Umpires in best place to see the action
The best place to watch a game of cricket is from out in the middle, says Poverty Bay Cricket Association director of umpiring Jason Trowill.
“You’re like the biggest fan there,” he said.
“You’re 22 yards away from the batsman and right there in the thick of the action.”
Trowill is one of four local umpires to have recently achieved Level 3 umpire certification. It is the second-highest level obtainable and considered the first step on the pathway to “career umpiring”.
Trowill started umpiring when he was coaching Auckland’s Ellerslie premier women’s team after he injured his Achilles tendon and was forced to retire from high-level competition.
“When I was in a cast for a year I started umpiring and sat my Level 1 and 2 umpiring in Auckland . . . and the rest is history.”
He said it was exciting to see the development of the next generation of umpires, with Gisborne’s Luke Fisher also getting his Level 3 qualification at just 16 years of age.
Fisher said his love of the game started early, through backyard cricket with his brother and father.
As a member of the Gisborne Boys’ High School first 11 cricket team, he thought umpiring would give him the chance to experience the game from a new perspective.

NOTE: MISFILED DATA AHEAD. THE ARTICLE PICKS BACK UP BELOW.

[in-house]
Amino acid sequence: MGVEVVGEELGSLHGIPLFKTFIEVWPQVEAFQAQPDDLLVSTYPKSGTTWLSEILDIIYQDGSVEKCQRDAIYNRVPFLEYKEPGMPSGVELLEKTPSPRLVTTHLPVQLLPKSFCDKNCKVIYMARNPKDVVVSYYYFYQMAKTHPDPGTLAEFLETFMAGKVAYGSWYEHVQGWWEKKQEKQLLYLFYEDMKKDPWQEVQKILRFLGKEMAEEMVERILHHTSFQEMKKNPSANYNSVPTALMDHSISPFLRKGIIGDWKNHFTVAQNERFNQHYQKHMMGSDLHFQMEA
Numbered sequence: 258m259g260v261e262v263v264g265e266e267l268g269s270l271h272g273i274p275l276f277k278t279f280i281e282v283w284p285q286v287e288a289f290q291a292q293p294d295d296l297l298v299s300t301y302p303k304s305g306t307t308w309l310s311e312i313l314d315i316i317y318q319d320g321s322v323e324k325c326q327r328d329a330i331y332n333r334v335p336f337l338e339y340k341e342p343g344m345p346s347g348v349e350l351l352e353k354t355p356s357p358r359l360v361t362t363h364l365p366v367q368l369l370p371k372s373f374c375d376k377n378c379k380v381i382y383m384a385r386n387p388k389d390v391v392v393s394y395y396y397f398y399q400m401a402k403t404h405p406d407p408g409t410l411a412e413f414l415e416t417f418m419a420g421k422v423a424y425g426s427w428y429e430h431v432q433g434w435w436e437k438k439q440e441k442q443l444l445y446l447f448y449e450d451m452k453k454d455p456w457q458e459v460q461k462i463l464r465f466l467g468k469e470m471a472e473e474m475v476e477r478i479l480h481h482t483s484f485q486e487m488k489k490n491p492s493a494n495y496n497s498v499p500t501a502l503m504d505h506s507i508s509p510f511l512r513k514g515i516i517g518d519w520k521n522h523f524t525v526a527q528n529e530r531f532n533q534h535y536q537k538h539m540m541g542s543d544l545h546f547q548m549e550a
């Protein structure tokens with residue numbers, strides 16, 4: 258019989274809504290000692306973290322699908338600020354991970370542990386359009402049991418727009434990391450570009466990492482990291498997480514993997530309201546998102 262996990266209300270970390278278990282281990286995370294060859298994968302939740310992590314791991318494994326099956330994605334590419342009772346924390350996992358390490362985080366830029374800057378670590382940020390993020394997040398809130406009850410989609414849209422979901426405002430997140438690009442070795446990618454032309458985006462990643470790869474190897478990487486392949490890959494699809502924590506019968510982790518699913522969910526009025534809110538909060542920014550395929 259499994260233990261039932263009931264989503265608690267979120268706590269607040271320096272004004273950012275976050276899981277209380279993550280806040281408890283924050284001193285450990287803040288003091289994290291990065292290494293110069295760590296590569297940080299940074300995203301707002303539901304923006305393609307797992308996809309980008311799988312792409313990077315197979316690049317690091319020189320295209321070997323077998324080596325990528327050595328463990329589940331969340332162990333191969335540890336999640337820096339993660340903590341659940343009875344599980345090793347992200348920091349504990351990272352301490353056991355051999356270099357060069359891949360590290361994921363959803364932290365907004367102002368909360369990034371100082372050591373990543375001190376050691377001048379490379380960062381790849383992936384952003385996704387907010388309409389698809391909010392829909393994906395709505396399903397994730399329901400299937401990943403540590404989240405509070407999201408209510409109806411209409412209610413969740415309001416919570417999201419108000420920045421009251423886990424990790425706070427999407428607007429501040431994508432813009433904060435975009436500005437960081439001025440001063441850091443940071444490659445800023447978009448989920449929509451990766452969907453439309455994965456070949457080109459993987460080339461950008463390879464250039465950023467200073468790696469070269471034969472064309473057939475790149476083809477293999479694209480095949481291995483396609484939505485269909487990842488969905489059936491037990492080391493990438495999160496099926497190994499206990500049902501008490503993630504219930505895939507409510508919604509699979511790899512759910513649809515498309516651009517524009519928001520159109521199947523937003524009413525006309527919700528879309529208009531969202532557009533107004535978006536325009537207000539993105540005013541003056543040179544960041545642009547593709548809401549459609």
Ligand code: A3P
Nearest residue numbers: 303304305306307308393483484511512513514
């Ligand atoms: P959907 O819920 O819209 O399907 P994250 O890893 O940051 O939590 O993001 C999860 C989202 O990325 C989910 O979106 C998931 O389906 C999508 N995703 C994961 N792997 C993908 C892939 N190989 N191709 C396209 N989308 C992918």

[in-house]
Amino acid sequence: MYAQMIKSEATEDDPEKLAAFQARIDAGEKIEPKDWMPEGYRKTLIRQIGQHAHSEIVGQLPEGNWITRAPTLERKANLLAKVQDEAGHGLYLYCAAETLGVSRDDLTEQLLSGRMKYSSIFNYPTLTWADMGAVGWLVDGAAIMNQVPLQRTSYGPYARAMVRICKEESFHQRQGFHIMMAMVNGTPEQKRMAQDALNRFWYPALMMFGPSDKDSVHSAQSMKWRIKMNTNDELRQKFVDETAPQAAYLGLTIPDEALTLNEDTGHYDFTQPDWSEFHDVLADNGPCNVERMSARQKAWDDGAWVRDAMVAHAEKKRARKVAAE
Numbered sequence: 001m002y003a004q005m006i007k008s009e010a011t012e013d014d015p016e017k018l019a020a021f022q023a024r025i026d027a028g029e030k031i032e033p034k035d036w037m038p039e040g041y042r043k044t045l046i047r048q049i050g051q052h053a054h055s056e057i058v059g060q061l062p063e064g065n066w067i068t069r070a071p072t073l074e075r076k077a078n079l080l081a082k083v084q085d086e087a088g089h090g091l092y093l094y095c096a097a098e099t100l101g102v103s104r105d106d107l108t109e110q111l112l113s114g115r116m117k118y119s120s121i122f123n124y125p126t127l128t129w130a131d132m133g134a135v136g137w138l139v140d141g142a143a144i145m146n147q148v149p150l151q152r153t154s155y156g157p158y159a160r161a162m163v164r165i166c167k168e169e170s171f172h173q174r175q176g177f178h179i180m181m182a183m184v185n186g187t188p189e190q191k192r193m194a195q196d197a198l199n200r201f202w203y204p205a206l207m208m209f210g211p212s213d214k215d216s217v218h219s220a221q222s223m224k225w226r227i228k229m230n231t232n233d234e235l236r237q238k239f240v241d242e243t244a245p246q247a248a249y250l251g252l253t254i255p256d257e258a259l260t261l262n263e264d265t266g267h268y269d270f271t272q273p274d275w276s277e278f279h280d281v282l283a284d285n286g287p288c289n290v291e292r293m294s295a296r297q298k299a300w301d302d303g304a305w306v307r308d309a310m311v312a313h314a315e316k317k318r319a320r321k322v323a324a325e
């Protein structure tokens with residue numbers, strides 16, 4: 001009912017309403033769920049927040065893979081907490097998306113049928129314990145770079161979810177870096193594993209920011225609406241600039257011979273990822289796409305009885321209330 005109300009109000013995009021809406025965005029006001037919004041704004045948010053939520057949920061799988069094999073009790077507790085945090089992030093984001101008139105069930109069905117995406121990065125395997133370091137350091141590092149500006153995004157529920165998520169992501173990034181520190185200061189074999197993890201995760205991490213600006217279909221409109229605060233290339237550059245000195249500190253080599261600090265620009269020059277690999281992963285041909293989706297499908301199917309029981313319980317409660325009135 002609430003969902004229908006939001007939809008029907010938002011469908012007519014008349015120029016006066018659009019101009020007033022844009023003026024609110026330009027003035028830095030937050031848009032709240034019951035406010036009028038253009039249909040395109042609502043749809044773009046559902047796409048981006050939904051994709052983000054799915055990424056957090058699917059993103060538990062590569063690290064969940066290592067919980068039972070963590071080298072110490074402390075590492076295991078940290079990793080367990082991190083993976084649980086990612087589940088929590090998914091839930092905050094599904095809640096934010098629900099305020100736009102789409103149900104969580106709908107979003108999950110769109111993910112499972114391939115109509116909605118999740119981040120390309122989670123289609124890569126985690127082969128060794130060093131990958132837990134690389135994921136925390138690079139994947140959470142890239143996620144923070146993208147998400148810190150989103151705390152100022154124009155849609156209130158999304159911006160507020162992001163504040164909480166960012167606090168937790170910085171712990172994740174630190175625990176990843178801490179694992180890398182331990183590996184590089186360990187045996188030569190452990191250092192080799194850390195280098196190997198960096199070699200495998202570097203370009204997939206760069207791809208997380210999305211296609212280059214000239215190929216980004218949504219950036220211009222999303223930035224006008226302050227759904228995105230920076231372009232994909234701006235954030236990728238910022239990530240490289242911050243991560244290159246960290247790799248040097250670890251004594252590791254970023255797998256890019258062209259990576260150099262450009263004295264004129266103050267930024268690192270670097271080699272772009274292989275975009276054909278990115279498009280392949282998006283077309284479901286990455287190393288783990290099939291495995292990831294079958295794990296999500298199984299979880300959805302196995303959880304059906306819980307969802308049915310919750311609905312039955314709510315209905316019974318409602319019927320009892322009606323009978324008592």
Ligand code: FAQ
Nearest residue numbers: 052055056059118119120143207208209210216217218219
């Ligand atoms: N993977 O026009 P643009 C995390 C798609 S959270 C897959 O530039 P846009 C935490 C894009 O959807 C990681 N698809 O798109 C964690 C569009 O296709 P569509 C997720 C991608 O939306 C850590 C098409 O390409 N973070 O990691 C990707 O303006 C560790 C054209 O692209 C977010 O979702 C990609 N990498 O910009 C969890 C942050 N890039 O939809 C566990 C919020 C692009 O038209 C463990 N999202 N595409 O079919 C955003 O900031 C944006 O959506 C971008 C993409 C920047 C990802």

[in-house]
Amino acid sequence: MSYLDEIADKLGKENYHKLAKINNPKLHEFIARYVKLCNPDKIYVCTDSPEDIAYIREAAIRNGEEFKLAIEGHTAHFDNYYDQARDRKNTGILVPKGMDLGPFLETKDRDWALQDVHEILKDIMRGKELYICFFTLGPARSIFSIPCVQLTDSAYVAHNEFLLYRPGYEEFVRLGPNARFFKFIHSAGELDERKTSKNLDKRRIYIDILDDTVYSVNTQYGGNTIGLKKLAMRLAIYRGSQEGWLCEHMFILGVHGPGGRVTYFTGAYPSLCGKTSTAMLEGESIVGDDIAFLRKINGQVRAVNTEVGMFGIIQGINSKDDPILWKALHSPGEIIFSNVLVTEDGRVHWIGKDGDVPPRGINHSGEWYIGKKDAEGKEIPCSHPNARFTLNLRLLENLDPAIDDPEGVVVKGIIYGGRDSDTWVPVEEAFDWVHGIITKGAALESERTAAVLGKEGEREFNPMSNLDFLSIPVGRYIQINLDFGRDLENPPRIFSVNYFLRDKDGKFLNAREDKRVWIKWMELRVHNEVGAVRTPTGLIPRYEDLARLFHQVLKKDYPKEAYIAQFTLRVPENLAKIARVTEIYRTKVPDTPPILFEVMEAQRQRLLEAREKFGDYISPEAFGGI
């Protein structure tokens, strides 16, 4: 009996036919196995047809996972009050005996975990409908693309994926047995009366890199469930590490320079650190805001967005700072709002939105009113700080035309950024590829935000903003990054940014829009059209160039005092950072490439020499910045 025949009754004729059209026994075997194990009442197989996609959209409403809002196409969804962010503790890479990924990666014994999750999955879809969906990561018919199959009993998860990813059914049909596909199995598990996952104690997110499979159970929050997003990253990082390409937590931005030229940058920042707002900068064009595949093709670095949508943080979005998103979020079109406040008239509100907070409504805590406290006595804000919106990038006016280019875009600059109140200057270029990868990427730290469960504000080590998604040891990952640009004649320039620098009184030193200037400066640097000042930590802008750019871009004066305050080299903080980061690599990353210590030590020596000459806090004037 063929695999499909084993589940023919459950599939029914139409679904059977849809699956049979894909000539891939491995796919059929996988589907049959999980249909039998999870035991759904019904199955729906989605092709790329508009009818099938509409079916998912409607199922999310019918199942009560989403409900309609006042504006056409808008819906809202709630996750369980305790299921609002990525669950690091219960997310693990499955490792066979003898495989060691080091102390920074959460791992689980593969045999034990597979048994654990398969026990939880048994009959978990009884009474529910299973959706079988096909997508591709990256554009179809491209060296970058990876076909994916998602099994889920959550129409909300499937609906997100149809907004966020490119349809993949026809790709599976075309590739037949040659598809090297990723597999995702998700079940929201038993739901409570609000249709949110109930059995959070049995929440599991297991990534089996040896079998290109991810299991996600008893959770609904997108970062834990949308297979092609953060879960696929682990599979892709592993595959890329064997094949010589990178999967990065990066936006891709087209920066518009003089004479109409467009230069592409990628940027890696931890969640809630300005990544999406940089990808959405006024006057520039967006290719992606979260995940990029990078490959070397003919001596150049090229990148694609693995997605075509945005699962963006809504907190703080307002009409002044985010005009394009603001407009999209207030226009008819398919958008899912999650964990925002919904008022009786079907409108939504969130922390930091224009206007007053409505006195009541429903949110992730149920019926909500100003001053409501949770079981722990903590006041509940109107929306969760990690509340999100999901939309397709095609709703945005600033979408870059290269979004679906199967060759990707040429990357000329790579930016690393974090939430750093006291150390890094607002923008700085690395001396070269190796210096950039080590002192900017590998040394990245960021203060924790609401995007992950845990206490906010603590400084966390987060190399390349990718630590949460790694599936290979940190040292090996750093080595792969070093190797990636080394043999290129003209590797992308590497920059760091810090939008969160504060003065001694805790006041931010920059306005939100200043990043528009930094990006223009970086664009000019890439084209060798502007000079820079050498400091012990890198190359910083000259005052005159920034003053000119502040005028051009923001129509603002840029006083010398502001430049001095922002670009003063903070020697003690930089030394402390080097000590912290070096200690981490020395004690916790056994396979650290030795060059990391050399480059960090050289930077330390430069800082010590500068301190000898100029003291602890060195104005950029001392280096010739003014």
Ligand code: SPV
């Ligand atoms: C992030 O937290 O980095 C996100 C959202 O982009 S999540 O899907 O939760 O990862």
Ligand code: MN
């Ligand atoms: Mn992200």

“Umpiring gives me the opportunity to be right in the thick of the cricket, without having to worry about getting a duck or dropping a catch,” he said.
Stewart Patrick and Ben O’Brien-Leaf also completed their Level 3 certification. They have both been a part of local cricket for many years in coaching and managerial roles.
Patrick and Trowill are the regular local umpires for premier-grade cricket.
O’Brien-Leaf said umpiring was a way they could give back to the game they love.
He said Poverty Bay Cricket had to go through a rebuilding phase after the retirement of several of the region’s experienced umpires, such as Don Cook and Poverty Bay Cricket Association patron Graeme Black.
Trowill and Poverty Bay Cricket Association operations manager Nicholas Hendrie had done a lot of work encouraging and upskilling umpires, O’Brien-Leaf said.
Along with the four Level 3 umpires, the association has 12 new Level 1 umpires and seven umpires training for Level 2 certification.